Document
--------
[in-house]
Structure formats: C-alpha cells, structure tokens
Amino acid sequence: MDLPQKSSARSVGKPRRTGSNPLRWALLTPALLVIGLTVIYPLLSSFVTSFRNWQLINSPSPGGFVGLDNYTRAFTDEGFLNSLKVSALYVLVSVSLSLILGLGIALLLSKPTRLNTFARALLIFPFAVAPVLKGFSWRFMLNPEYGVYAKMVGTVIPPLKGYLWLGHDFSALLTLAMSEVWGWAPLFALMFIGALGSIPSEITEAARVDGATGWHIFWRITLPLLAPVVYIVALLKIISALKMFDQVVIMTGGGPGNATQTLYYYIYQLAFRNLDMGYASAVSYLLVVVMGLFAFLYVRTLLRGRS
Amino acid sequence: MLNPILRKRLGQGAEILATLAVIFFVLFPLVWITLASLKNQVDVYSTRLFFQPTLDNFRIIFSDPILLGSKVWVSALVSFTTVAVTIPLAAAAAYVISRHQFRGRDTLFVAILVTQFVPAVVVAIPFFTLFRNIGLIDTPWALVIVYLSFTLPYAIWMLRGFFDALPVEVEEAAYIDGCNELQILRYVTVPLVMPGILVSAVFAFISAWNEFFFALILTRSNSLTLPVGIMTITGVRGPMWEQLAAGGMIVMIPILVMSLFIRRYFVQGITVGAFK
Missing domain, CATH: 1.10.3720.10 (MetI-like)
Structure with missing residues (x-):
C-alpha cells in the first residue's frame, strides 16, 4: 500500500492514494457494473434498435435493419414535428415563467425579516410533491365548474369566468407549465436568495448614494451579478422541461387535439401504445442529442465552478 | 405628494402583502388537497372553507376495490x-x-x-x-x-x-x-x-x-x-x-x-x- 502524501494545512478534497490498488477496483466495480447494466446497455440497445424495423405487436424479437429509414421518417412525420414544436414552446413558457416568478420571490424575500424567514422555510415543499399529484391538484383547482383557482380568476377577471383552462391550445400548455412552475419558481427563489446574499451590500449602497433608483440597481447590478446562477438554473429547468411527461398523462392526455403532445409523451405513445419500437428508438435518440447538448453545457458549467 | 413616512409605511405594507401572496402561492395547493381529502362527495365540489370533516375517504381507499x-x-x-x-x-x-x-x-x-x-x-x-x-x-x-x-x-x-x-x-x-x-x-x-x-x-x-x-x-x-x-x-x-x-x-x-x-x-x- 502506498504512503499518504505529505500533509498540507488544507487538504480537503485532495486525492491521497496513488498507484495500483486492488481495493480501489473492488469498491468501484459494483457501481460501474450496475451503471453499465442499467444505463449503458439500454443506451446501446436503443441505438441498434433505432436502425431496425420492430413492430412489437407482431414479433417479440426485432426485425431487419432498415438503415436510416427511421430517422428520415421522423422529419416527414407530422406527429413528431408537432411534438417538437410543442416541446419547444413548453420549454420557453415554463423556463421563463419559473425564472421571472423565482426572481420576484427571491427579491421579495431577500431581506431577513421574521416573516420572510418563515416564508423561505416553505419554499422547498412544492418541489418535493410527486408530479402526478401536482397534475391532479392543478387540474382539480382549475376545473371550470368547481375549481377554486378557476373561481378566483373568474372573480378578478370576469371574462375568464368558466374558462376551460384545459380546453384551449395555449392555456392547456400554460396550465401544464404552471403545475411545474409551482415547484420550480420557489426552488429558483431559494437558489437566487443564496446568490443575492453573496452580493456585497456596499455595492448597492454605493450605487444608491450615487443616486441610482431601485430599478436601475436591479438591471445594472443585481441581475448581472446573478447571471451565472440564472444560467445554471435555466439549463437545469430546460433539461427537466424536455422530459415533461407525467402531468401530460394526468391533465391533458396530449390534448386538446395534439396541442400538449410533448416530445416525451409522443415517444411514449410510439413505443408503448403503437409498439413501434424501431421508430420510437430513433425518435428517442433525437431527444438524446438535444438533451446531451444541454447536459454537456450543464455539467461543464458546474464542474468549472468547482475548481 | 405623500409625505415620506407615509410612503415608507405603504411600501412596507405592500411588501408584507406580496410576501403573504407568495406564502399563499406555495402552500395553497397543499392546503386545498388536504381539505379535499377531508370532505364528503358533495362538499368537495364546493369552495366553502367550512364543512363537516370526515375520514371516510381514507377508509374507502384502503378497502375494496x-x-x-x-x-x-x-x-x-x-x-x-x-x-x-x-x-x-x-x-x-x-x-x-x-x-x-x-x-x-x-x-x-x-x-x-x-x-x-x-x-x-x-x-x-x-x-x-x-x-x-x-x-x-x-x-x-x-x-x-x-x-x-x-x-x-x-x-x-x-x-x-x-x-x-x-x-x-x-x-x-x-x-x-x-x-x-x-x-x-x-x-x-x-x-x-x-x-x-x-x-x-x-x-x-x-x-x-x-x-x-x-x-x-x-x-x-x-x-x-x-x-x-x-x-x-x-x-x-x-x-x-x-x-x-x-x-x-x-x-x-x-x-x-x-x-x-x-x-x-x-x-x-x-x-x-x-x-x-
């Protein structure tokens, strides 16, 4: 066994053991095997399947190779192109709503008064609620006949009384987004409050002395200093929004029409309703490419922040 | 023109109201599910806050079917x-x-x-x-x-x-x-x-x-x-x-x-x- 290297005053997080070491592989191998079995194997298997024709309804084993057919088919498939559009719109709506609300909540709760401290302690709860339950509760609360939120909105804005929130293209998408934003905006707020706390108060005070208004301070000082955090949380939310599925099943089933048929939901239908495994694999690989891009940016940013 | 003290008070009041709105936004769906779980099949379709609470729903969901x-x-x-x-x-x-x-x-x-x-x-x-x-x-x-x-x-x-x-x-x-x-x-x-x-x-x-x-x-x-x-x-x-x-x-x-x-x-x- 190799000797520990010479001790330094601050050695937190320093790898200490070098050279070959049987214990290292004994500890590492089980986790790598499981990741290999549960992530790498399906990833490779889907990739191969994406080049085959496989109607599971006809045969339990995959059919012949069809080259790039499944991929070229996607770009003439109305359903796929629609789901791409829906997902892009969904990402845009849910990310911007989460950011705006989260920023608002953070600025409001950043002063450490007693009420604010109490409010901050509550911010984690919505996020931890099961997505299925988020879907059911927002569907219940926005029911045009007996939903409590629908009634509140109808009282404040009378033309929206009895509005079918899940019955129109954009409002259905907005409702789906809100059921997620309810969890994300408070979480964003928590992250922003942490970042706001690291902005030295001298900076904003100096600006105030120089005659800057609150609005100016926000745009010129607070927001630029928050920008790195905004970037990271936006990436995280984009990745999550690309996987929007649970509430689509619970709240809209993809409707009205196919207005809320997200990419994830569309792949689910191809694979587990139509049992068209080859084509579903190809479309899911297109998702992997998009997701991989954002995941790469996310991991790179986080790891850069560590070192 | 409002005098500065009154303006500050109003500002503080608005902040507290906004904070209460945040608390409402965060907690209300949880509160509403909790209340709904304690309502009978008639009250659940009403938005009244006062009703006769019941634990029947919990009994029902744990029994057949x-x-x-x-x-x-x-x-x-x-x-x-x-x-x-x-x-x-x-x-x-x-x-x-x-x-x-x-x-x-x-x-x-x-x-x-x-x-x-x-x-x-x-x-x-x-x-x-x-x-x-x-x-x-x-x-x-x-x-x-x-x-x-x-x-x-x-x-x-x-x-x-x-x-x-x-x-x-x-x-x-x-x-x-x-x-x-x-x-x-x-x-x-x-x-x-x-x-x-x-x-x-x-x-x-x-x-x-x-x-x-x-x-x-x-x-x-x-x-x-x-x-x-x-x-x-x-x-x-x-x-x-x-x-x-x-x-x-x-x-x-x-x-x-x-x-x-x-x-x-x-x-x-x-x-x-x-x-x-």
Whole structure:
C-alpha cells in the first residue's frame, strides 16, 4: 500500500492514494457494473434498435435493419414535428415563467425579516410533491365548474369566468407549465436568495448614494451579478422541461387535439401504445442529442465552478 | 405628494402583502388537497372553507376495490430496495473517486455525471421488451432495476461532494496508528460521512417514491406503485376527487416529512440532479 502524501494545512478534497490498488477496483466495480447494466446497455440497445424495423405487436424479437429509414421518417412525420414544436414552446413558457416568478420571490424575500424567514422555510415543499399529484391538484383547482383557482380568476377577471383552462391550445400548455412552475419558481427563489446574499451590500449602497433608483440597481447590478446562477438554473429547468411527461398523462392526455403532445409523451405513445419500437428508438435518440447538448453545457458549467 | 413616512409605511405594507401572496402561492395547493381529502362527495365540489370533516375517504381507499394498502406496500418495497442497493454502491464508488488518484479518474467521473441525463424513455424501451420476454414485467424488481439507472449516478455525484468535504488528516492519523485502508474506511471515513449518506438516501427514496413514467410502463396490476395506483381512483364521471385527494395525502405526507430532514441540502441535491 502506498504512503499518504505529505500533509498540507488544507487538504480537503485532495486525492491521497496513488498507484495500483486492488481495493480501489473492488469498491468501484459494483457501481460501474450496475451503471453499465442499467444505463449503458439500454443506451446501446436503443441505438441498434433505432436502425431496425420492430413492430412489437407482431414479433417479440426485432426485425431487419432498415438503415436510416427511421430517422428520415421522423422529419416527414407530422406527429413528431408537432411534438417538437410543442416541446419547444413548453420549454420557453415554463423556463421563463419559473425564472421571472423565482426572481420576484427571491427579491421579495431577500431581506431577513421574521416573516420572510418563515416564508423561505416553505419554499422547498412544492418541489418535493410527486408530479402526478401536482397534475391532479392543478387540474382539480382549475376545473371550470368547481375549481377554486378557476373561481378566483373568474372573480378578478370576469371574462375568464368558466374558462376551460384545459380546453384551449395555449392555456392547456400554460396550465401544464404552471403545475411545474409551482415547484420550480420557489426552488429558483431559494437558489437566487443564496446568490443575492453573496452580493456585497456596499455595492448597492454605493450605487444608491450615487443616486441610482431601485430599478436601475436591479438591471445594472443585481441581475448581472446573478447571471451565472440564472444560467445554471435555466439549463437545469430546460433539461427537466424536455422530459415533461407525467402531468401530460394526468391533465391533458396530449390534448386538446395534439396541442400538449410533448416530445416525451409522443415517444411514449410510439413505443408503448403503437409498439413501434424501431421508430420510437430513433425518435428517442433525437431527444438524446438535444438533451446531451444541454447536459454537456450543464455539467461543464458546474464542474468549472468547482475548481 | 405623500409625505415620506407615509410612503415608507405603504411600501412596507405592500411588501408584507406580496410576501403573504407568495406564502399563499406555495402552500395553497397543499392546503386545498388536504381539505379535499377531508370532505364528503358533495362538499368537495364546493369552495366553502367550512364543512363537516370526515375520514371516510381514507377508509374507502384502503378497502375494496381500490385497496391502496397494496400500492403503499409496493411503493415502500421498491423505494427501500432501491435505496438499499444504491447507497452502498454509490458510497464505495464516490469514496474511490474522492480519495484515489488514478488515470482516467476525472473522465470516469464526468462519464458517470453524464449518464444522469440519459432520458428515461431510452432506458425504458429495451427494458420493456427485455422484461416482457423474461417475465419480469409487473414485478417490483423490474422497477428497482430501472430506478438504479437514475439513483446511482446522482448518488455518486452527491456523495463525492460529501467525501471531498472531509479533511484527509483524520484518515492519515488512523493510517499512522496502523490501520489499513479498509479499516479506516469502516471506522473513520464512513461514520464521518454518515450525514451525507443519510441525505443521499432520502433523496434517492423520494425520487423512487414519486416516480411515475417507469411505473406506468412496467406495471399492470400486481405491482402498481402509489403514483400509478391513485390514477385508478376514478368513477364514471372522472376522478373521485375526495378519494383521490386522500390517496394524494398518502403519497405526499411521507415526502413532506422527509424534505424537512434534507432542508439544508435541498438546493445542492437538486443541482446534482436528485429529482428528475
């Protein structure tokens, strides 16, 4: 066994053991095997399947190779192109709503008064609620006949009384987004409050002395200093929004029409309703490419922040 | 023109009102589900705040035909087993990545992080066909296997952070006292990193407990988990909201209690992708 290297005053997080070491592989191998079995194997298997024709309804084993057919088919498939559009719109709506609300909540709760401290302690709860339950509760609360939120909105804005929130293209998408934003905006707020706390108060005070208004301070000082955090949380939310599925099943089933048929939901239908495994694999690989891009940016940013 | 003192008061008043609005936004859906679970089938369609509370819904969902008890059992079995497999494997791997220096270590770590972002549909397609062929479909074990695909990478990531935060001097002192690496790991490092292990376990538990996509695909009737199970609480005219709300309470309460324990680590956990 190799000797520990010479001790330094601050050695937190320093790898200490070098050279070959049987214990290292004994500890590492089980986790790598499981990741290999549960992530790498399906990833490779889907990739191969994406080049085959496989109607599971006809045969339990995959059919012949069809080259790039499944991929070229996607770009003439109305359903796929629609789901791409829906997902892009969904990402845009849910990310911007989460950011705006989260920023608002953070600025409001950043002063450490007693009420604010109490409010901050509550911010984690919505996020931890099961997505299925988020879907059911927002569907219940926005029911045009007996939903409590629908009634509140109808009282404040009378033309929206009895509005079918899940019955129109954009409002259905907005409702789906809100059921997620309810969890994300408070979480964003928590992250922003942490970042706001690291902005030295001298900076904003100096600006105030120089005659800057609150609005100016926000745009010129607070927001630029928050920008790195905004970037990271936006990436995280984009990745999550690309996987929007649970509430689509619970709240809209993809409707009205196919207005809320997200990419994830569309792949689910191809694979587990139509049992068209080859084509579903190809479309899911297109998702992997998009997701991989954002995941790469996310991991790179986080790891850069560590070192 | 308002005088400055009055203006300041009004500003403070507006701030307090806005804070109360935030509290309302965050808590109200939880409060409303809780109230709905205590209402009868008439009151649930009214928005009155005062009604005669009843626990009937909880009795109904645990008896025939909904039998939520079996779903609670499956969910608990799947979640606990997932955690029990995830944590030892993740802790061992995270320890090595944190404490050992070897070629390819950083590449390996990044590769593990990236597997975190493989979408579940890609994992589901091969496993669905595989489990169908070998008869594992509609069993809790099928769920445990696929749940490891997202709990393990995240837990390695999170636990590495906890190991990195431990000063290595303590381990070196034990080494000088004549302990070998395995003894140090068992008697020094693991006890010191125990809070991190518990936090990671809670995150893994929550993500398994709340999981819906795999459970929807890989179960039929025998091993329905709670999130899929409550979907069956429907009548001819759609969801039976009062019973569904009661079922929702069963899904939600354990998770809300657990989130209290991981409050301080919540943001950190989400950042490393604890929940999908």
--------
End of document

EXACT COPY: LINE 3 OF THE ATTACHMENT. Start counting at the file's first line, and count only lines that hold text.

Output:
Amino acid sequence: MDLPQKSSARSVGKPRRTGSNPLRWALLTPALLVIGLTVIYPLLSSFVTSFRNWQLINSPSPGGFVGLDNYTRAFTDEGFLNSLKVSALYVLVSVSLSLILGLGIALLLSKPTRLNTFARALLIFPFAVAPVLKGFSWRFMLNPEYGVYAKMVGTVIPPLKGYLWLGHDFSALLTLAMSEVWGWAPLFALMFIGALGSIPSEITEAARVDGATGWHIFWRITLPLLAPVVYIVALLKIISALKMFDQVVIMTGGGPGNATQTLYYYIYQLAFRNLDMGYASAVSYLLVVVMGLFAFLYVRTLLRGRS